Florida’s distracted driving laws are weak, failing to protect motorists or deter violators, and are driving up auto insurance rates.
That’s according to several reports released recently, including a three-part series by WTSP 10 News in Tampa. It’s well-established that Florida has one of the weakest anti-distracted driving laws in the country. It was one of the last states to pass a measure outlawing texting while driving, and it’s one of just nine states to make the offense secondary, meaning officers can’t stop a driver based solely on observing a violation of F.S. 316.305. Fines for violations are just $30 (littering carries a $100 fine), and they don’t result in any points on one’s driver’s license.
Approximately 3,500 Americans were killed in distracted driving crashes in 2015, and the number climbs each year. However, Florida leaders aren’t preparing to change that anytime soon, prompting WTSP reporters to delve into their reasoning why.
Lawmakers responding to inquiries about why they don’t support tougher anti-texting legislation was generally that:
- Texting bans don’t make roads safer.
- Civil liberties may be infringed.
- Concerns over police abuse and profiling.
The news outlet approached these concerns one-by-one. As far as it relates to ineffectiveness, one state senator cited a 2010 report indicating texting while driving bans might encourage some drivers to operate even more dangerously because they respond by hiding their phones in their laps and taking their eyes off the road even longer. However, there are many conflicting studies that counter this. One of those was a study by the Oklahoma Highway Safety Office concluding the total number of traffic crashes dropped by 12 percent – and injury crashes by 22 percent and fatal collisions by 30 percent – after passage of a tough distracted driving law. That was in a span of just one year.
There was also an academic report concluding texting bans might help to drive down traffic fatalities by 3 percent and more in states that have additional restrictions on novice drivers.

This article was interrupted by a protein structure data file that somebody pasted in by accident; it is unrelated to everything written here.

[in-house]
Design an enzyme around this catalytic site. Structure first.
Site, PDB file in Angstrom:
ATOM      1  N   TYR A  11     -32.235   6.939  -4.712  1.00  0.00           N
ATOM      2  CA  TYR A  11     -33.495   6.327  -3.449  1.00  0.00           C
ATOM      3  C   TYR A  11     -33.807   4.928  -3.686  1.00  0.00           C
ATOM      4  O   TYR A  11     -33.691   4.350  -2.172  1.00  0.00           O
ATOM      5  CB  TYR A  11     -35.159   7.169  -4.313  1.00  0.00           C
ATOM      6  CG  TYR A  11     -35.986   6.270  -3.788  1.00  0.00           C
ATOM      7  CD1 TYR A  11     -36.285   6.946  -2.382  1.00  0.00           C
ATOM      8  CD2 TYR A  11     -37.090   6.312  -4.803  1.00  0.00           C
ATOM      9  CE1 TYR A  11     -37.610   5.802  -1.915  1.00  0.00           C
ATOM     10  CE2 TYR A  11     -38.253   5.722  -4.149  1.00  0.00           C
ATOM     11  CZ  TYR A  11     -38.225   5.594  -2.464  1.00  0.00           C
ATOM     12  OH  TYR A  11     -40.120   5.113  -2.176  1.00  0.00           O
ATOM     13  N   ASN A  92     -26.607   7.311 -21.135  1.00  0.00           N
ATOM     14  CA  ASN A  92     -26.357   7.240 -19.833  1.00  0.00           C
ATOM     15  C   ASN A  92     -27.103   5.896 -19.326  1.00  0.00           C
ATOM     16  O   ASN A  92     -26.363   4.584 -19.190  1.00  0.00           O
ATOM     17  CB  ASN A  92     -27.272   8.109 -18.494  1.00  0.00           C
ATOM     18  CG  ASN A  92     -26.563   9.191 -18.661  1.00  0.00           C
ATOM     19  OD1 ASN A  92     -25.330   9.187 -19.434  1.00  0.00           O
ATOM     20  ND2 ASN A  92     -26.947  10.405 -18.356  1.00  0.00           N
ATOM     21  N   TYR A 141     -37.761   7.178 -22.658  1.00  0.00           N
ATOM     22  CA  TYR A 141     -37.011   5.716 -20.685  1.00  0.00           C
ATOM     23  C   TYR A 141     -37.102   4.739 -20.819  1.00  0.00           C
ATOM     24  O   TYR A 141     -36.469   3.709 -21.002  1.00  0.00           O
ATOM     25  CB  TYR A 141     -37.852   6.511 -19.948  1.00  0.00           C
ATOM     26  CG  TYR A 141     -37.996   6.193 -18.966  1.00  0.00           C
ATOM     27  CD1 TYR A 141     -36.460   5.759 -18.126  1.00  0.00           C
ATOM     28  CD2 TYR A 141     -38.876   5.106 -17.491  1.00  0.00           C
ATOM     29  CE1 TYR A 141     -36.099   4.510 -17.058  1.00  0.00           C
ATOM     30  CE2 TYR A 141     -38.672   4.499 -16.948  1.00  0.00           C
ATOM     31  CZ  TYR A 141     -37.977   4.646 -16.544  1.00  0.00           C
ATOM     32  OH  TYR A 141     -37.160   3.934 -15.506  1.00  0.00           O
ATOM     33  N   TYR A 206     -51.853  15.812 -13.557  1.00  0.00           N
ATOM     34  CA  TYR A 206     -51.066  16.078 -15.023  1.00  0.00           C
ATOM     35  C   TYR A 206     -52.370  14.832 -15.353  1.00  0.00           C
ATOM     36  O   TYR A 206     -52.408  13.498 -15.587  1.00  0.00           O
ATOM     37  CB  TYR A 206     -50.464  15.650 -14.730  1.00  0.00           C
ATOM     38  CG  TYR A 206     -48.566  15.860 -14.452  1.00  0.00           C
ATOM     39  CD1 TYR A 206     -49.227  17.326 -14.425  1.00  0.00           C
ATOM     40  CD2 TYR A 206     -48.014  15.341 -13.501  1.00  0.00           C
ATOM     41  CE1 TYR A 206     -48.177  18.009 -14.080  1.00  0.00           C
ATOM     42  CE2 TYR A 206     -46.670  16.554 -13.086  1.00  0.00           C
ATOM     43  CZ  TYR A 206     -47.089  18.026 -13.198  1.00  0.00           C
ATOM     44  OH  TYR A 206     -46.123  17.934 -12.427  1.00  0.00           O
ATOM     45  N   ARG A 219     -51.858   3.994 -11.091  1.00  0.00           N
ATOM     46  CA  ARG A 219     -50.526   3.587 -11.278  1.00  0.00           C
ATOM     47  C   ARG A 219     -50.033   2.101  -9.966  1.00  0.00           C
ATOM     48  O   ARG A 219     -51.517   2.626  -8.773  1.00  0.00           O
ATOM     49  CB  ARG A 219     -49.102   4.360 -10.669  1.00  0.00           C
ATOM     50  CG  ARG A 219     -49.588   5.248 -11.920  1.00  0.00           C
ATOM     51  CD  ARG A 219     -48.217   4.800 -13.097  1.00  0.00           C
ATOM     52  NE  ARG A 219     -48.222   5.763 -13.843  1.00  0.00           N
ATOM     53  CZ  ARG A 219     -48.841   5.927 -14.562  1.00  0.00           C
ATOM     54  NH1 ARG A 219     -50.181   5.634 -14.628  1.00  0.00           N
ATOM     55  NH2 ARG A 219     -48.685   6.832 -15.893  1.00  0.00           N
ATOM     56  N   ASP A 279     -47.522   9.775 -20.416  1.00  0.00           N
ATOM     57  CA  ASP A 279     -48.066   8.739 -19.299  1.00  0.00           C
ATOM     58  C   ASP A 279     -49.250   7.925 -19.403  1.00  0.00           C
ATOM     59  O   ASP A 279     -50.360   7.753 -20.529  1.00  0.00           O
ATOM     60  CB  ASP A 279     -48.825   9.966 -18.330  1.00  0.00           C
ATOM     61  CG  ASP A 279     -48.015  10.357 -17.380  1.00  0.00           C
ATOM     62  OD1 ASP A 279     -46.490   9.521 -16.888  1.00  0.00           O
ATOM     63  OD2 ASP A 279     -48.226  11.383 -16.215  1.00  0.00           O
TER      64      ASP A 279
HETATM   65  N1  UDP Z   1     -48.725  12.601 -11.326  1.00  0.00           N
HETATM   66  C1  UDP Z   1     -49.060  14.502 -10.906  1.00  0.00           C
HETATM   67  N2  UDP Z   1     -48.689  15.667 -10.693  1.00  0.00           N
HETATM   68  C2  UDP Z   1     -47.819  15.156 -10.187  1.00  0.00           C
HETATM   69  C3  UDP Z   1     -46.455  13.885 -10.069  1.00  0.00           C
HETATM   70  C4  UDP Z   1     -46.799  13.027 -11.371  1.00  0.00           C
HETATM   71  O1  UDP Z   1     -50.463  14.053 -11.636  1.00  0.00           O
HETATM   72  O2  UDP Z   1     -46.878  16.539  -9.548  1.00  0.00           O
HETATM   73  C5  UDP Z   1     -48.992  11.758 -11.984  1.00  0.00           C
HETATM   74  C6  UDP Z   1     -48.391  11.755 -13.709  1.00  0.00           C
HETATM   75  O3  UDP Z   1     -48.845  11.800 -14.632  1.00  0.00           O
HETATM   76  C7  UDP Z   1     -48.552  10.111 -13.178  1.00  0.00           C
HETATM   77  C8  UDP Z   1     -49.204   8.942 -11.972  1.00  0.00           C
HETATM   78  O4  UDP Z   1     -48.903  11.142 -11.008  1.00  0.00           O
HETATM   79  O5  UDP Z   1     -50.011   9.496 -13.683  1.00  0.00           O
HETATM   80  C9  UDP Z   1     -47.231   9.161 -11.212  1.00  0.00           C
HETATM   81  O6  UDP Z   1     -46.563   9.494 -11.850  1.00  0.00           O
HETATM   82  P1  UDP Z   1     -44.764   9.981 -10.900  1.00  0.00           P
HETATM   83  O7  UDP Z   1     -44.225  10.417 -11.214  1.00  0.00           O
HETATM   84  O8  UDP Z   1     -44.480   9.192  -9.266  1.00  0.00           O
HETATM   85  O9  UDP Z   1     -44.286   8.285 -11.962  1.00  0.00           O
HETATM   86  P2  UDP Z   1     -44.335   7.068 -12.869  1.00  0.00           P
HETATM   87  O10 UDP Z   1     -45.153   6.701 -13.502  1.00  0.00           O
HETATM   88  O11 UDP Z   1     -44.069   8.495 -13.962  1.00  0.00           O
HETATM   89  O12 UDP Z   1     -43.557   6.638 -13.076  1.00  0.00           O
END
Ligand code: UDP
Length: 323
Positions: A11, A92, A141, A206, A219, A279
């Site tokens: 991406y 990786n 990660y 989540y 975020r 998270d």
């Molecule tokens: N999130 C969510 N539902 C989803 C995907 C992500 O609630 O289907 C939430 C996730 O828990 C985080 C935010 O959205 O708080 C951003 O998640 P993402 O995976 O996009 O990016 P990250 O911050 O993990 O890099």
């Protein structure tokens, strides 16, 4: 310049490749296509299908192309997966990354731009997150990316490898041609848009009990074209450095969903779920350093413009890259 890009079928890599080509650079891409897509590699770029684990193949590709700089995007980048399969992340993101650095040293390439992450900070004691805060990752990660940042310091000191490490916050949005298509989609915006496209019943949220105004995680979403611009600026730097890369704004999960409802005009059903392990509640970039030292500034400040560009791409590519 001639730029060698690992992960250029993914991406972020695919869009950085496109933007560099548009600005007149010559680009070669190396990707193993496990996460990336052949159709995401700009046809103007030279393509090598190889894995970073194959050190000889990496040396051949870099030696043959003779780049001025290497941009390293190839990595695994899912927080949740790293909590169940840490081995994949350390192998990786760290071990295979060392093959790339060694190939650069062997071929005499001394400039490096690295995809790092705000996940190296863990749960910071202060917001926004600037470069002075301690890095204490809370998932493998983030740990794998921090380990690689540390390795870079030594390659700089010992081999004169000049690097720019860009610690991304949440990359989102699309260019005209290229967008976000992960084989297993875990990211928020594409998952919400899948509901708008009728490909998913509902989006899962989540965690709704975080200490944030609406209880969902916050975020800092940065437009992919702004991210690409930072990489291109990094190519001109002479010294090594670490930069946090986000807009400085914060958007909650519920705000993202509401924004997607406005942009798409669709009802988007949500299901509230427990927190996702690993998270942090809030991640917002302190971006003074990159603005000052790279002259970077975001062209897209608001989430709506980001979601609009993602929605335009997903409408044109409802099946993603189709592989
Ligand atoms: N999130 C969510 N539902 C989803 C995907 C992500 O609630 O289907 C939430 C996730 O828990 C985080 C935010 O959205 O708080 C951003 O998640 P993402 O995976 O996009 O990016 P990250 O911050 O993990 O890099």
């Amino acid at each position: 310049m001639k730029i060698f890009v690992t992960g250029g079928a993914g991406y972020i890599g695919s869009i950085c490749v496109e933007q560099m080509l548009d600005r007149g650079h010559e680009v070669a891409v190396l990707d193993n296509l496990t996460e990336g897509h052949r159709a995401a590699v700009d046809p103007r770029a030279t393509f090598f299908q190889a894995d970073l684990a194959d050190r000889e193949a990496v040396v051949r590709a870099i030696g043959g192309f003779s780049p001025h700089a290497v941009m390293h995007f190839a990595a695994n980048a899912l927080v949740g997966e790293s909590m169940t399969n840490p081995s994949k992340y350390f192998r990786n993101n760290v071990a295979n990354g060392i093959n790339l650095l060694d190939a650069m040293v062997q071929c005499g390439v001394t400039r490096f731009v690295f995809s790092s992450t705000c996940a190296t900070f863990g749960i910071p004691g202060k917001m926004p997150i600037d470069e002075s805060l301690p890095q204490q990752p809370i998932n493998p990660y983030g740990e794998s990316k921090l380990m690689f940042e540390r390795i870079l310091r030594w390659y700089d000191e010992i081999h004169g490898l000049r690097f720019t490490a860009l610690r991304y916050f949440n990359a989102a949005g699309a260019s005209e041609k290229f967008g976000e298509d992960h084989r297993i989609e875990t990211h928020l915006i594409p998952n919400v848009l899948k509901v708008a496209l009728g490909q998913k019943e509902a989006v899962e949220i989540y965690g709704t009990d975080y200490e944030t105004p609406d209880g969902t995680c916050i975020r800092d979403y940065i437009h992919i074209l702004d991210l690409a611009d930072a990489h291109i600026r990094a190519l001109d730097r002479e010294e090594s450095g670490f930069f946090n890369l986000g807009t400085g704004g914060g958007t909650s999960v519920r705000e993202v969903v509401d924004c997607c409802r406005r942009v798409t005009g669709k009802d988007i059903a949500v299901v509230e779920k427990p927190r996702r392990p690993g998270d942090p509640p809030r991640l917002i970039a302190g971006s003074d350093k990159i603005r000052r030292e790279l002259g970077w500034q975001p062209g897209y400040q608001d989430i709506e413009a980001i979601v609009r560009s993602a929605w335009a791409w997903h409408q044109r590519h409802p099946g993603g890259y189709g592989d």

A city in Utah noted a 30 percent reduction in crashes following strict enforcement of its tough distracted driving law.
With regard to concerns over civil liberties and police abuse and profiling, lawmakers citing this argument said lawmakers would be creating a situation where law enforcement could pull you over for any reason, which could lead to negative consequences. However, they were unable to explain how this would differ greatly from the state’s seat belt ban, which is a primary enforcement action. Plus, some at least one lawmaker questioned by the station seemed to be confused about the current Florida law, saying the state already has a primary “distracted driving” law on the books that allows officers to stop offenders, but that is not true. An officer first must note some other violation.
In many cases following a crash, the officer is relying on the at-fault driver’s honesty.
Meanwhile, the rising number of distracted driving crashes in Florida has resulted in higher insurance premiums necessary. The Insurance Information Institute reports premiums nationwide have gone up 16 percent since 2011. Distracted driving reportedly accounts for 9 percent of all road fatalities. Some insurers have cited studies indicating as many as 35 percent of drivers text while driving.
Call Freeman Injury Law — 1-800-561-7777 for a free appointment to discuss your rights. Now serving Orlando, West Palm Beach, Port St. Lucie and Fort Lauderdale.
10Investigates: Why Florida won’t toughen toothless texting & driving laws, Feb. 20, 2017, By Noah Pransky, WTSP
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